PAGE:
By Gabby Shacknai

“I don’t intend to hurt anyone, so I really don’t want to be hurt either.” “Britain’s most eccentric dresser” Daniel Lismore on overcoming trolls and his relationship with Isabella Blow. From our LGBTQIA+ issue.

In a large, sun-drenched room overlooking Reykjavik’s icy blue harbor stands an army of 39 soldiers. Not unlike the Viking men who graced the region centuries earlier, these figures tower over everyone who dares approach, and each one is more impressive than the next. In lieu of the traditional combat attire, however, the helmets worn here are coated in bright blue feathers and glistening gems, and any chain mail to be seen rests atop layers of hand-painted silk, hot pink fur, and Chinese embroidery. In one corner, a warrior wears an orange, acrylic dome—not dissimilar from the plastic cones forced upon poodles and labradors after surgery—with several feet of tulle, a jet-black beaded gown, and a striking Alexander McQueen jacket below, as well as a magenta Philip Treacy hat once worn by Boy George just above. Another’s camouflage comes in the form of rich red and gold silks, with a blanket of rubies and pearls, an oversized crown, and a flamboyant and furry interpretation of Joseph’s Technicolor dreamcoat soaring toward the ceiling. Despite the eccentric garb, there’s a certain calmness in the air, and every member of this army has his thickly lashed eyelids firmly closed—except for one.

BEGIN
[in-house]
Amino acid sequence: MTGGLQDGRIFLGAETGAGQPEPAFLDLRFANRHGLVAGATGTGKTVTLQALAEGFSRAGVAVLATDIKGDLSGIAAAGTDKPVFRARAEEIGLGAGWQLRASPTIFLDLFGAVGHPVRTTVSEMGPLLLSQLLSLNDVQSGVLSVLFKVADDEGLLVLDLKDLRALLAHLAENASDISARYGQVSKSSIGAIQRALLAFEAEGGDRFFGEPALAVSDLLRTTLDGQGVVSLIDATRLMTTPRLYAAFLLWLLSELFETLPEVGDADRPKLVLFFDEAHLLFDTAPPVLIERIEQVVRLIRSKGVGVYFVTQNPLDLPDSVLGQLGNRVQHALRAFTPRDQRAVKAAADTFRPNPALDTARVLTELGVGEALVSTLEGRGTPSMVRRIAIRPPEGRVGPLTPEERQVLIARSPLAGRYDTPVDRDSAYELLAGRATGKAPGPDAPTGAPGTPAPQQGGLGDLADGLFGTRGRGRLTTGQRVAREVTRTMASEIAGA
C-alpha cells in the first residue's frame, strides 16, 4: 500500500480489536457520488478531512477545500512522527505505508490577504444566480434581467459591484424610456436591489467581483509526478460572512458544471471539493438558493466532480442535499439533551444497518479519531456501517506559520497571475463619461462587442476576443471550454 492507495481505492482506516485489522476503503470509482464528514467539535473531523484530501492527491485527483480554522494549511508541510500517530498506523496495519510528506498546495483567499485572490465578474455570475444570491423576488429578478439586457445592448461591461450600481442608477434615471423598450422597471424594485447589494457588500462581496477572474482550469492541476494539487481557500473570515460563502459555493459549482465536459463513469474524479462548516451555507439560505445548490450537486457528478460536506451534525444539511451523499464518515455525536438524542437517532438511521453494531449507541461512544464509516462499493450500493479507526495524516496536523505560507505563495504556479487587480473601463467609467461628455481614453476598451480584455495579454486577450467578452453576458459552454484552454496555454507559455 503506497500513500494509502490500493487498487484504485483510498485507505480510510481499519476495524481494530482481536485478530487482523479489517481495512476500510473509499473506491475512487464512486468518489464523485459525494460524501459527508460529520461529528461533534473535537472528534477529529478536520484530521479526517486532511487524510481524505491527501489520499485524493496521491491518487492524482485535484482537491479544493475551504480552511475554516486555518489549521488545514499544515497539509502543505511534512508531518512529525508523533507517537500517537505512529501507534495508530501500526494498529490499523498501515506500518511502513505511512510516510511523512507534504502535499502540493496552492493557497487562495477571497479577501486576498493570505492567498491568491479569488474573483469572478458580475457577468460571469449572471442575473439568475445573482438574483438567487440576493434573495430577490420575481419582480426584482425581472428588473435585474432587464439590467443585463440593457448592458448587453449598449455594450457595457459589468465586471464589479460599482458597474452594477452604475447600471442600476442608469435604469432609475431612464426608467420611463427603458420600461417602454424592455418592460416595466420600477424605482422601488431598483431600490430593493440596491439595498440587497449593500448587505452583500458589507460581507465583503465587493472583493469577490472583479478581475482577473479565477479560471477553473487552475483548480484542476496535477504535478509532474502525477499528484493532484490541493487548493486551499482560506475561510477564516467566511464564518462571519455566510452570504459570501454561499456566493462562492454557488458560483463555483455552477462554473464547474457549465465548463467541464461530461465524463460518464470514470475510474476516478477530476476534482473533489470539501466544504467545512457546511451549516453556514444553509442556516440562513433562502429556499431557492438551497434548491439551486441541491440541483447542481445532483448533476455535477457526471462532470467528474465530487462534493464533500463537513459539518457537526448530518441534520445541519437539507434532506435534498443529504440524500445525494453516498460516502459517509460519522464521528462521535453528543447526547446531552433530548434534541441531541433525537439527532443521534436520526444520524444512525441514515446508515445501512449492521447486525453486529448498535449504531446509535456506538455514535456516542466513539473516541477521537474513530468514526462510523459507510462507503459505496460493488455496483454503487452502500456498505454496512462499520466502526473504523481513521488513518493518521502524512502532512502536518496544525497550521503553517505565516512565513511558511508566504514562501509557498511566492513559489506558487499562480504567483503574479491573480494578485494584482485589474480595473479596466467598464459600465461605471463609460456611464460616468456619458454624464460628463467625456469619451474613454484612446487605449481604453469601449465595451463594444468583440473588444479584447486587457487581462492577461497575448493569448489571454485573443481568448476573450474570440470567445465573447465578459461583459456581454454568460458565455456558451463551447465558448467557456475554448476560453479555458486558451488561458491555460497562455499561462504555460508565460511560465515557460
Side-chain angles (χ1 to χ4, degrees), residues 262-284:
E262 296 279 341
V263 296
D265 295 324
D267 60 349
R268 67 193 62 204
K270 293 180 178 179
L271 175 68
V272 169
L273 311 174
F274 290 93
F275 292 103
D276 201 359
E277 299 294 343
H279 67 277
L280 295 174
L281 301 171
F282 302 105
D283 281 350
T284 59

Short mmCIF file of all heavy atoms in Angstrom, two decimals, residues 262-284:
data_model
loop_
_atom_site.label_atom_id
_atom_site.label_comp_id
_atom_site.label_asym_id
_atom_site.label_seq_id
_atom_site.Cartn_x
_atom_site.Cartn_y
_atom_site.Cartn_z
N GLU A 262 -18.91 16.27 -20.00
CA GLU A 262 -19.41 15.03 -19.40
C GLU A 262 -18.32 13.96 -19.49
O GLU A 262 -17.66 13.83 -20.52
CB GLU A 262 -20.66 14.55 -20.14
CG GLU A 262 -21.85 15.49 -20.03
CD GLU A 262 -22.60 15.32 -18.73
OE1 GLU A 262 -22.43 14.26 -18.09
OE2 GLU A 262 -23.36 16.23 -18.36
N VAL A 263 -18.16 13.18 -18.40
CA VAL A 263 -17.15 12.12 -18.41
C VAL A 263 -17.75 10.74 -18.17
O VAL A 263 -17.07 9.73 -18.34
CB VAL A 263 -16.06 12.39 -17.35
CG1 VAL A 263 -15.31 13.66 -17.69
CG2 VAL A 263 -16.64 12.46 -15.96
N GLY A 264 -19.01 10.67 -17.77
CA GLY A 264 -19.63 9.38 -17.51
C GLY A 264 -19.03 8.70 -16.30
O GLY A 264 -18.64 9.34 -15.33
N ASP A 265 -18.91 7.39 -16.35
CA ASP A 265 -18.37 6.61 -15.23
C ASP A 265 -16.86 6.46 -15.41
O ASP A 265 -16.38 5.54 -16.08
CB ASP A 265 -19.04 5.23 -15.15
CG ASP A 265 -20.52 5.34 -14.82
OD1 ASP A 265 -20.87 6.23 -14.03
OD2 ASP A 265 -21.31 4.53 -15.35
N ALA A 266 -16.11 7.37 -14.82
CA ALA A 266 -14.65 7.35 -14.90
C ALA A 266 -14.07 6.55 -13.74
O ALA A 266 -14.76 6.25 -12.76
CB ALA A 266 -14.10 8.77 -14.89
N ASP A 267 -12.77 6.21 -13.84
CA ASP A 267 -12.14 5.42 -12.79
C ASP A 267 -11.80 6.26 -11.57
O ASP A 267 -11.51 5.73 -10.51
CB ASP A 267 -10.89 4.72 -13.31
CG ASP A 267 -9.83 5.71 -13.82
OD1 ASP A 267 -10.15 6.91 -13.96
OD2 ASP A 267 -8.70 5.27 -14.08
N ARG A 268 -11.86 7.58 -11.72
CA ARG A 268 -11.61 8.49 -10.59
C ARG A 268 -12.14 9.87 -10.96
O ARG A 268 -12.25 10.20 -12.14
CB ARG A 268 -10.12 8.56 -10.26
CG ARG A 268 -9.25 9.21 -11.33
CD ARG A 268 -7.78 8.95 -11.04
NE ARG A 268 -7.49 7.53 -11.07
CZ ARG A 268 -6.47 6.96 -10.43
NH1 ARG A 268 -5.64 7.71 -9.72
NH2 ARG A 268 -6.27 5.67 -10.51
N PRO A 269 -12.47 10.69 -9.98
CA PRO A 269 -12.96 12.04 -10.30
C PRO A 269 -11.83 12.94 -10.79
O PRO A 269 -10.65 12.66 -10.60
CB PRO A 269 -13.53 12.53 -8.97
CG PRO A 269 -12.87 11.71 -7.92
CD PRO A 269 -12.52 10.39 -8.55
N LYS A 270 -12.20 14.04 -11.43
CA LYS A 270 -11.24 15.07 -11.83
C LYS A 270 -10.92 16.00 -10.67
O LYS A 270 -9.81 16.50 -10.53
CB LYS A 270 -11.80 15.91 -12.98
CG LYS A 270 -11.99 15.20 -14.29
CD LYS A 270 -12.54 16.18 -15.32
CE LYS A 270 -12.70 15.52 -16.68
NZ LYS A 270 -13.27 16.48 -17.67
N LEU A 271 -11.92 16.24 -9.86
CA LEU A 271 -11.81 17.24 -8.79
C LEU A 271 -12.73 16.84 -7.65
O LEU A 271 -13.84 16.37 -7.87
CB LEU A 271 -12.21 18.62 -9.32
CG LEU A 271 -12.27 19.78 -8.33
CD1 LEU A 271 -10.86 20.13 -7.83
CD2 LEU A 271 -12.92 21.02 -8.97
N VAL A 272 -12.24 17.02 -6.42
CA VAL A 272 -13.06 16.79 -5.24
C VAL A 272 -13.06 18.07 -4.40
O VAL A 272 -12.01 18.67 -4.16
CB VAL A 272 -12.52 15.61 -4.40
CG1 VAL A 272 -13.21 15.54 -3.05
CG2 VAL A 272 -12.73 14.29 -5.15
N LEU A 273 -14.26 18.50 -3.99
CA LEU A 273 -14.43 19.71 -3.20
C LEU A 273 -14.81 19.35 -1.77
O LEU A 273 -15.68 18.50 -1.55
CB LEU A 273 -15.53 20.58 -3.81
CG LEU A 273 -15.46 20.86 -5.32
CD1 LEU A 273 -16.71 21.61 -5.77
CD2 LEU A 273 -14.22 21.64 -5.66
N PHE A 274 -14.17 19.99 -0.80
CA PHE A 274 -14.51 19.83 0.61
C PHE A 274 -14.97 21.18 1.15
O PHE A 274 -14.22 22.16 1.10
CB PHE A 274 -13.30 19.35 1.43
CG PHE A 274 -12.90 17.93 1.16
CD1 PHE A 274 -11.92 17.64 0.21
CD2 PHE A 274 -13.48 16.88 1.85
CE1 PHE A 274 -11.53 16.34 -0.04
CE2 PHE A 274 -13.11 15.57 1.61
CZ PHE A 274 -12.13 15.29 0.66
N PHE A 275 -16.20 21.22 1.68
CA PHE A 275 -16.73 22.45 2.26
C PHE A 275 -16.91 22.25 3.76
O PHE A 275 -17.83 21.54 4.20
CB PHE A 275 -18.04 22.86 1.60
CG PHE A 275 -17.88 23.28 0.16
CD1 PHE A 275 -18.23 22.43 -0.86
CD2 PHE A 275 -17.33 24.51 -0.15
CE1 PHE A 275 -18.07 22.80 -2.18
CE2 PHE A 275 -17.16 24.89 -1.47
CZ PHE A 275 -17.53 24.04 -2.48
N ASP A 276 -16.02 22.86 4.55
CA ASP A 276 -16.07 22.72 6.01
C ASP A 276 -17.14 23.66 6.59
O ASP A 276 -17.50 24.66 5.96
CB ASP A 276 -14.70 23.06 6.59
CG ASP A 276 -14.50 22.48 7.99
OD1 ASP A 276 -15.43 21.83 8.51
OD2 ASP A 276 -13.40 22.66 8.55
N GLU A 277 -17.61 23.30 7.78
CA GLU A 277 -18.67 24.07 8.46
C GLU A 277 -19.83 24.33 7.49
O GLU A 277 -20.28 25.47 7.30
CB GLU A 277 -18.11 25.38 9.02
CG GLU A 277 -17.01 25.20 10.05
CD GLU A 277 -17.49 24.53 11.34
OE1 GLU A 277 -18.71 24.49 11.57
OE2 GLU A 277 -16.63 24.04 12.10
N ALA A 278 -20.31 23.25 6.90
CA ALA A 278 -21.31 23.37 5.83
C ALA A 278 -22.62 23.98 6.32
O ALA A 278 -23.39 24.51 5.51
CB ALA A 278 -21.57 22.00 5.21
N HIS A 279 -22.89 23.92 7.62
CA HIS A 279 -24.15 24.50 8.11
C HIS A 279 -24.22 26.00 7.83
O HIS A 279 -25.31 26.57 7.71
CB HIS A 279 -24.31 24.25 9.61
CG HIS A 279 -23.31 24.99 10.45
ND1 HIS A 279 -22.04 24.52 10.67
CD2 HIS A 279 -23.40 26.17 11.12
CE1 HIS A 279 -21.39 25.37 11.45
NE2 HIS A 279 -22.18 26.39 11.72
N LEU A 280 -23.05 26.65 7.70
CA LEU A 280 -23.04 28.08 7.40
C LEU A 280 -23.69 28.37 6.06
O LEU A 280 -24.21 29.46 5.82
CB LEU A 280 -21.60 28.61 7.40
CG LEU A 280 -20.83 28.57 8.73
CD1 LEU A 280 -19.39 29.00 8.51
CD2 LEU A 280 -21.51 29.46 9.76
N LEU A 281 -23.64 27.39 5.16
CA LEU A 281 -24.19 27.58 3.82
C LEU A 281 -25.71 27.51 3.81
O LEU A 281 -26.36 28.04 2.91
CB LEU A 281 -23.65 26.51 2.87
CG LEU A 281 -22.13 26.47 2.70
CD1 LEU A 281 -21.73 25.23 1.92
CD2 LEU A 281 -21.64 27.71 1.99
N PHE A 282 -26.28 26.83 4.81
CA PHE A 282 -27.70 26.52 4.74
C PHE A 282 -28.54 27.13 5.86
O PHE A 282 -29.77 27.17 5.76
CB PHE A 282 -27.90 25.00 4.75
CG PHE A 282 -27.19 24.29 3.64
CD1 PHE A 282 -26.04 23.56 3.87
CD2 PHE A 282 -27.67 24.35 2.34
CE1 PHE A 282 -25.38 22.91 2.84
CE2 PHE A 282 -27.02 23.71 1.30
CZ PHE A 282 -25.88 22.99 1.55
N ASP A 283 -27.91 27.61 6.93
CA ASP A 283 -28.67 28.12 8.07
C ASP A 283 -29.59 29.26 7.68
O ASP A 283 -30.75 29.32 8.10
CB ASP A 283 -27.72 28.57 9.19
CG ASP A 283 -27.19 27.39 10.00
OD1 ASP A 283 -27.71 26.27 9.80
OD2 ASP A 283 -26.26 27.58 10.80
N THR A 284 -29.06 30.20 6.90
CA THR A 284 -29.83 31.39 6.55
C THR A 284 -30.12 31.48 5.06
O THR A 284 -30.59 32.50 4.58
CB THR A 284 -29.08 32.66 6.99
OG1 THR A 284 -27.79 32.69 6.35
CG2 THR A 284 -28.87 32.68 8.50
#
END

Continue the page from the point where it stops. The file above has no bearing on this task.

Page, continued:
Standing 6ft 4in, with wavy, brown hair down to his derriere, Daniel Lismore is difficult to miss in most settings. But the London-based artist blends right into this room, and that’s because the 38 soldiers he created and curated here are essentially his clones. The anthropomorphic statues, and more importantly, their accoutrements, are in fact part of a global and ever-growing exhibition, aptly named for Oscar Wilde’s famous quote, “Be yourself, everyone else is already taken.” The collection of ensembles, comprising roughly 6,000 pieces of clothing, jewelry, accessories, and other objects, is the embodiment of nearly two decades of Lismore’s life and the whimsical living sculpture he’s known for. The result is an assortment of looks he’s worn over the years, alongside his personal history, inspirations, friendships, and travels, all woven into an enchanting world for others to explore. But, as is often the case, the creations on display here are truly nothing without their creator.